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Subject: Re: [boost] [log] Release Candidate 4 released
From: Andrey Semashev (andrey.semashev_at_[hidden])
Date: 2010-01-31 09:12:08

On 31.01.2010 16:40, vicente.botet wrote:
>>> This is a good idea. In this kind of context it would be
>>> worthwhile to have some mechanism to decide which log records
>>> should be lost, in case there is not enough place, severity could
>>> be an important factor.
>> No, I don't plan dropping log records.
> If you limit its growth, what will you do with the new records when
> there will not be more place?

The frontend will block until the dedicated thread consumes some of the
queued records.

>>>> Per-thread queues would complicate this addition.
>>> Why?
>> Because it gets more difficult to determine the total number of
>> queued records. Without introducing a shared locked counter, that
>> is.
> Sorry to insists, why do you want to determine the total number of
> queued records?

Is there another way to implement a bounded queue?

>> Log records of the same thread are always ordered. You don't need
>> an ordering frontend to achieve that.
> Does asynchronous_sink provides already this?

All sink frontends provide this guarantee.

> How do you ensure Log records of the same thread are always
> ordered?

Because I don't reorder them. The only way one could counter that is to
specify such an ordering predicate to the ordering frontend, that would
reorder records in reverse. But that would simply garble all the output.

> Ok I see. Can the creation of a sink force the association of some
> attributes to the core if not already associated.

No, these operations are not related.

> I would like try to add a ordering_asynchronous_sink that needs an
> order that depends on two attributes: local_clock and a counter. How
> can I do this?
> Please, could you point me to the attribute and the predicate
> provided by the library that maintain chronology of log records?

There is this utility:

The way it's used with the ordering frontend is shown here:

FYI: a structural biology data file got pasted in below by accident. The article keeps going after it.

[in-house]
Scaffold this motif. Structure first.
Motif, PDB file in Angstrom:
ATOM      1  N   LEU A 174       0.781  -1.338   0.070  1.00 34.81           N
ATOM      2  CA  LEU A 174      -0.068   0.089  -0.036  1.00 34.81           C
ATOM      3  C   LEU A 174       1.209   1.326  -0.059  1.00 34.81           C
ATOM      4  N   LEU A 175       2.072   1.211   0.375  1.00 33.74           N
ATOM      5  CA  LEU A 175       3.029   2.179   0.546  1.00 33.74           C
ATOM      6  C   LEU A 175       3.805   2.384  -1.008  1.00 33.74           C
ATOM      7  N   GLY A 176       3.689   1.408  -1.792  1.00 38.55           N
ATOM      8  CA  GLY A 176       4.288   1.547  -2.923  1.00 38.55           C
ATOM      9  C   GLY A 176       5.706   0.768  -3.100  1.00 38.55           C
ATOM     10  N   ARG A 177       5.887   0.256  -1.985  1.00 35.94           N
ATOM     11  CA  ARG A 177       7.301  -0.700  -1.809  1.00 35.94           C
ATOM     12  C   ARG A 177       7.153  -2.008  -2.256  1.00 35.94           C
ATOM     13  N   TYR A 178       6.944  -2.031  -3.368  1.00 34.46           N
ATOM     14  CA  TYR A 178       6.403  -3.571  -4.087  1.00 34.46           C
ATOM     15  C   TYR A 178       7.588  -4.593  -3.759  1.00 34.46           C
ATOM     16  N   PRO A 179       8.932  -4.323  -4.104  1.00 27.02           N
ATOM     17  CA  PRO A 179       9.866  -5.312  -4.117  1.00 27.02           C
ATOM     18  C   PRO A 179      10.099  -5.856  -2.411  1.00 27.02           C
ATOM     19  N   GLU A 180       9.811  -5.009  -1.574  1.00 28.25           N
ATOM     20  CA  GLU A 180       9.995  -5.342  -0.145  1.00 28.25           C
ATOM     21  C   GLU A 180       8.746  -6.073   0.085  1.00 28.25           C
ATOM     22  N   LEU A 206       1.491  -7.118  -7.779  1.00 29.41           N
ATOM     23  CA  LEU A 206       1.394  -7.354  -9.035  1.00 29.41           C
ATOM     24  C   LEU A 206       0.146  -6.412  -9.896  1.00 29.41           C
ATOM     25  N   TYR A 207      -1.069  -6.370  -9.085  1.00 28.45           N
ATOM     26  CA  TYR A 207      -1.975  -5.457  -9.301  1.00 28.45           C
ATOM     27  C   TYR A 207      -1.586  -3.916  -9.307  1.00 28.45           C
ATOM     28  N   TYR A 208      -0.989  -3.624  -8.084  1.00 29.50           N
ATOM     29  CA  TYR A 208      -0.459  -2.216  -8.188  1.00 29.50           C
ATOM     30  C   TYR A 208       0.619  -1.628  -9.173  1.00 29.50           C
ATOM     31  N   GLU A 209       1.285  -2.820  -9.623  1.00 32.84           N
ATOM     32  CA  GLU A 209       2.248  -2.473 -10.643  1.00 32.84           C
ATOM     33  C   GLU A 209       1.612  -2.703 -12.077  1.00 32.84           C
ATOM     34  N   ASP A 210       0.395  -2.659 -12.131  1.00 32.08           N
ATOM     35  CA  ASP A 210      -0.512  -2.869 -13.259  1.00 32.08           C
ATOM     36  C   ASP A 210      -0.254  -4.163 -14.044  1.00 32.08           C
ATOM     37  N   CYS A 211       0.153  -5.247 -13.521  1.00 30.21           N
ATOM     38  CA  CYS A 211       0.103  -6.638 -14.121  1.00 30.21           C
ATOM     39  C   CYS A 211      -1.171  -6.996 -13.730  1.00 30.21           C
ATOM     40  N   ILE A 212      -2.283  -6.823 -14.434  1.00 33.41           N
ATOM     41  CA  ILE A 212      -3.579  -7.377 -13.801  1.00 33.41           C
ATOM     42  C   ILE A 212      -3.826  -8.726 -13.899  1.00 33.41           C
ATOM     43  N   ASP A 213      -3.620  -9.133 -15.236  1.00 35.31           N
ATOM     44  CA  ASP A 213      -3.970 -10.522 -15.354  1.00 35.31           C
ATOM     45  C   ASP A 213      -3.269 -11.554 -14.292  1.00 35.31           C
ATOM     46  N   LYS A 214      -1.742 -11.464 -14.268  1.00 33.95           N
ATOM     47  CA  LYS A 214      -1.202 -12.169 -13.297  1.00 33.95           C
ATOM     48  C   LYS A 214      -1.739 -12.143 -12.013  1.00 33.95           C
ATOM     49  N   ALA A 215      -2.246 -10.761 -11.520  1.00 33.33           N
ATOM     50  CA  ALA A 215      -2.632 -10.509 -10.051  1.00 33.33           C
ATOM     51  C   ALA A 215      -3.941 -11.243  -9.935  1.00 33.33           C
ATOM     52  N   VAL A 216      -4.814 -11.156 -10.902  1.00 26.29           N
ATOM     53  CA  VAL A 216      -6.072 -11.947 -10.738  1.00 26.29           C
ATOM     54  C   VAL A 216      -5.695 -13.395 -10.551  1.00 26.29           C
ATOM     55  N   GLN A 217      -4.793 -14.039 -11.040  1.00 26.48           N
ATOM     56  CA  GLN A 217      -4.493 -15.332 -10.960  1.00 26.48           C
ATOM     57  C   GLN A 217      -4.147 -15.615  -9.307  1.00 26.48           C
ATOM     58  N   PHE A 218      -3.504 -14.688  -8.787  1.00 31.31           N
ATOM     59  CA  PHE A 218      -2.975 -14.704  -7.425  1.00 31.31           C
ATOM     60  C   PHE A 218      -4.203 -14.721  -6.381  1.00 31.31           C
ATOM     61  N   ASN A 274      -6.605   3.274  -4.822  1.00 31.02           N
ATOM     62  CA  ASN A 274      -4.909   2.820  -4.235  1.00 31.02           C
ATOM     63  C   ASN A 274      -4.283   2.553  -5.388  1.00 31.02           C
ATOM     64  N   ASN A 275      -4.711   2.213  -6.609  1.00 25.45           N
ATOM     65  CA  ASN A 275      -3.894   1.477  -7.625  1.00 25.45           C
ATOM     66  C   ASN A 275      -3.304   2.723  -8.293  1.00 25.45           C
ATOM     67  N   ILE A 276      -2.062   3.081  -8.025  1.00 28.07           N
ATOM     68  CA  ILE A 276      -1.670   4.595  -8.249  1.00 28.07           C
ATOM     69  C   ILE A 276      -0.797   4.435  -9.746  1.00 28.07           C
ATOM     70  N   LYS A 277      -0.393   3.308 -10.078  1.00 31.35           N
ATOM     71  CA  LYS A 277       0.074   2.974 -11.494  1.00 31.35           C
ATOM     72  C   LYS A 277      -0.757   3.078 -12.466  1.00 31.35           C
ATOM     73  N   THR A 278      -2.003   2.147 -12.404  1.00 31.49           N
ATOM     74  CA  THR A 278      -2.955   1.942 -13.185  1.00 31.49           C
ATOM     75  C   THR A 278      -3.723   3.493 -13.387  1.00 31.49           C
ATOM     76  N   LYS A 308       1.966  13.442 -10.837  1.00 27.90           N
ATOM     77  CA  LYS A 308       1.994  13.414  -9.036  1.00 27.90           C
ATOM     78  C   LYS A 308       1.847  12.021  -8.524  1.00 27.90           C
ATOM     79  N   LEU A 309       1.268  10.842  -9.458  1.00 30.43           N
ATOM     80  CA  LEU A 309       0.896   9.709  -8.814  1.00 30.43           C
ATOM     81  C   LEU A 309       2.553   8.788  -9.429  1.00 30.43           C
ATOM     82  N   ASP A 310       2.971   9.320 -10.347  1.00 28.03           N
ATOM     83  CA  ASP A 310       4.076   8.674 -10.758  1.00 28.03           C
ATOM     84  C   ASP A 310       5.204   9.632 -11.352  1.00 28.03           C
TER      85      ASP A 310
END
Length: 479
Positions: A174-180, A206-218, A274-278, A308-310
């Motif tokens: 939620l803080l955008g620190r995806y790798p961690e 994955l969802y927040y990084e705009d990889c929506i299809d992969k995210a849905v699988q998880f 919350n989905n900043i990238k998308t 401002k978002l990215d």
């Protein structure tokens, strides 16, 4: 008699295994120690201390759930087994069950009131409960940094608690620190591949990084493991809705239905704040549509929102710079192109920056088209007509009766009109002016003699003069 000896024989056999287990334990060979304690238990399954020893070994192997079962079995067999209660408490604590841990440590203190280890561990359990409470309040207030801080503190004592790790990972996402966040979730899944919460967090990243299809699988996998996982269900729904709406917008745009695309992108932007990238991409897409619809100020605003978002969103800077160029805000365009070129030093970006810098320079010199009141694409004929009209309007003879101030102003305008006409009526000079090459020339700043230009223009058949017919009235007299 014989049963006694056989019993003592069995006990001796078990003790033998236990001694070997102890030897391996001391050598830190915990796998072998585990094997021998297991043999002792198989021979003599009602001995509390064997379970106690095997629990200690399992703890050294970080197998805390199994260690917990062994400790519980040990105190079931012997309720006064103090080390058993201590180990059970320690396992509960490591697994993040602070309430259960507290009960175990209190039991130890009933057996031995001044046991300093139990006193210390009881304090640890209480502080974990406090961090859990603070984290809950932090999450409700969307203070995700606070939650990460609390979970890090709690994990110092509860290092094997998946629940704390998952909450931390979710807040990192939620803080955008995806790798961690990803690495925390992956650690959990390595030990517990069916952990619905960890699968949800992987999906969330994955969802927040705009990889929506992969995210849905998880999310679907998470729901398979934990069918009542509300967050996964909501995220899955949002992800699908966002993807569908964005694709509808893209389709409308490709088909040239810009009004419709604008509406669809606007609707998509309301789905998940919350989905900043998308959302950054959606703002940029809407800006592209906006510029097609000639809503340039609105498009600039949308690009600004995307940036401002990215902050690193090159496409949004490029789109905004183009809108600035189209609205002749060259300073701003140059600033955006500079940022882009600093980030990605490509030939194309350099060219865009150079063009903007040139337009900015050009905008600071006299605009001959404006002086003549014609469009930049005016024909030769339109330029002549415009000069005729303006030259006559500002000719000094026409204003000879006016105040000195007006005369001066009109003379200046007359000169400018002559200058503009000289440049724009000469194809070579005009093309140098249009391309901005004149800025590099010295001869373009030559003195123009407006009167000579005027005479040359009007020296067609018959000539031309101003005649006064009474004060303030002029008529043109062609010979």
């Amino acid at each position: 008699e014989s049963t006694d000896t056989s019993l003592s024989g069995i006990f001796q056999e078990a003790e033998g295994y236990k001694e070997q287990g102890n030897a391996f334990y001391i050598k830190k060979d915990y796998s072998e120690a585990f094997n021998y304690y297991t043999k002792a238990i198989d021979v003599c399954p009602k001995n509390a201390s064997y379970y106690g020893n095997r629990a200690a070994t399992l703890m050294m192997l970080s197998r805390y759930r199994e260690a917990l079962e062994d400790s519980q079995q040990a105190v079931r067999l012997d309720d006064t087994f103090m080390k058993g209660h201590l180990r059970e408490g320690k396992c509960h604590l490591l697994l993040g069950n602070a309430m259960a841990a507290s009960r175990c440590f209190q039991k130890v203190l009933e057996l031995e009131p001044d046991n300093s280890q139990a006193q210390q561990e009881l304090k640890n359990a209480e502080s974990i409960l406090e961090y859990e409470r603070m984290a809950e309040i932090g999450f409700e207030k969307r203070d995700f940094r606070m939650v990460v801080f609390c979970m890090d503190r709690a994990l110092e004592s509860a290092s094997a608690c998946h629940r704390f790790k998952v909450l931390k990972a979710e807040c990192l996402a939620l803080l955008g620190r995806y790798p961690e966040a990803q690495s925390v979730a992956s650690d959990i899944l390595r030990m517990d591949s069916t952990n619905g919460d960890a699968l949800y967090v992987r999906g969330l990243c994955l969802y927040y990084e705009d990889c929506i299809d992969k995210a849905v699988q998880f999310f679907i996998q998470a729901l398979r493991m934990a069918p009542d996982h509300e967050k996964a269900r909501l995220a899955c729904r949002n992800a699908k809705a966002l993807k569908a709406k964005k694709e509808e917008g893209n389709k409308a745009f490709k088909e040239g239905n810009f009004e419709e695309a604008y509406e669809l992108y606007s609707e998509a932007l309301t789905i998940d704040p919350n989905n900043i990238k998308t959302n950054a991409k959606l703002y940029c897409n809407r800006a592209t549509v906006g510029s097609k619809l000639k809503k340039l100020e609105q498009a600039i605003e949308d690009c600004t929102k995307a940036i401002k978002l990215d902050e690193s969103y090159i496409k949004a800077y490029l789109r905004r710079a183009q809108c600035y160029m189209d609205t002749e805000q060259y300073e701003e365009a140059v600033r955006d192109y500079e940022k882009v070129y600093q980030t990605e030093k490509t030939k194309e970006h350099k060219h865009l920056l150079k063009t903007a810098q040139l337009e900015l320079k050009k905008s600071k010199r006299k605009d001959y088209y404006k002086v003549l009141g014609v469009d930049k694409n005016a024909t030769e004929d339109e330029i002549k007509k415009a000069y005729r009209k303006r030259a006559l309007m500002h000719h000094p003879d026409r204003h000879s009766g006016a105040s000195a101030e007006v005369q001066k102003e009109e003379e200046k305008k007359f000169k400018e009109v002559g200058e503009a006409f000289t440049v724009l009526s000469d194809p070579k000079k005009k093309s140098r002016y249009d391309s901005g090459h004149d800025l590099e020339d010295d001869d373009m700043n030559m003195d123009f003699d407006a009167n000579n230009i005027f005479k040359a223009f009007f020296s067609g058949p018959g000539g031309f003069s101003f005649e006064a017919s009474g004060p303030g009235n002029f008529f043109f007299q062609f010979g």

It does not immediately allow to order by more than one attribute value,
but you can write your own ordering function that accepts two records
and returns bool:

   bool my_order(record const& left, record const& right)
     ptime left_ts, right_ts;

     typedef record::values_view_type values_view_type;
       it_left = left.attribute_values().find("TimeStamp"),
       it_right = right.attribute_values().find("TimeStamp");
     if (it_left == left.attribute_values().end() ||
       it_right == right.attribute_values().end())
       throw std::runtime_error("Time stamp not found");

     left_ts = it_left->second->get< ptime >().get();
     right_ts = it_right->second->get< ptime >().get();

     if (left_ts < right_ts)
       return true;
     else if (left_ts > right_ts)
       return false
       unsigned int left_counter, right_counter;

       it_left = left.attribute_values().find("LineNo"),
       it_right = right.attribute_values().find("LineNo");
       if (it_left == left.attribute_values().end() ||
         it_right == right.attribute_values().end())
         throw std::runtime_error("Line counter not found");

       left_counter = it_left->second->get< unsigned >().get();
       right_ts = it_right->second->get< unsigned >().get();

       return left_counter < right_counter;

> What
> other complete orderings do you have in mind the user could want? a
> concrete case?

User might want to store log records in an associative container. In
this case, it might be useful to have the ability to search for a record
by any attribute value attached to it.

> Just a last question is the counter attribute thread-safe?

Yes, it is.

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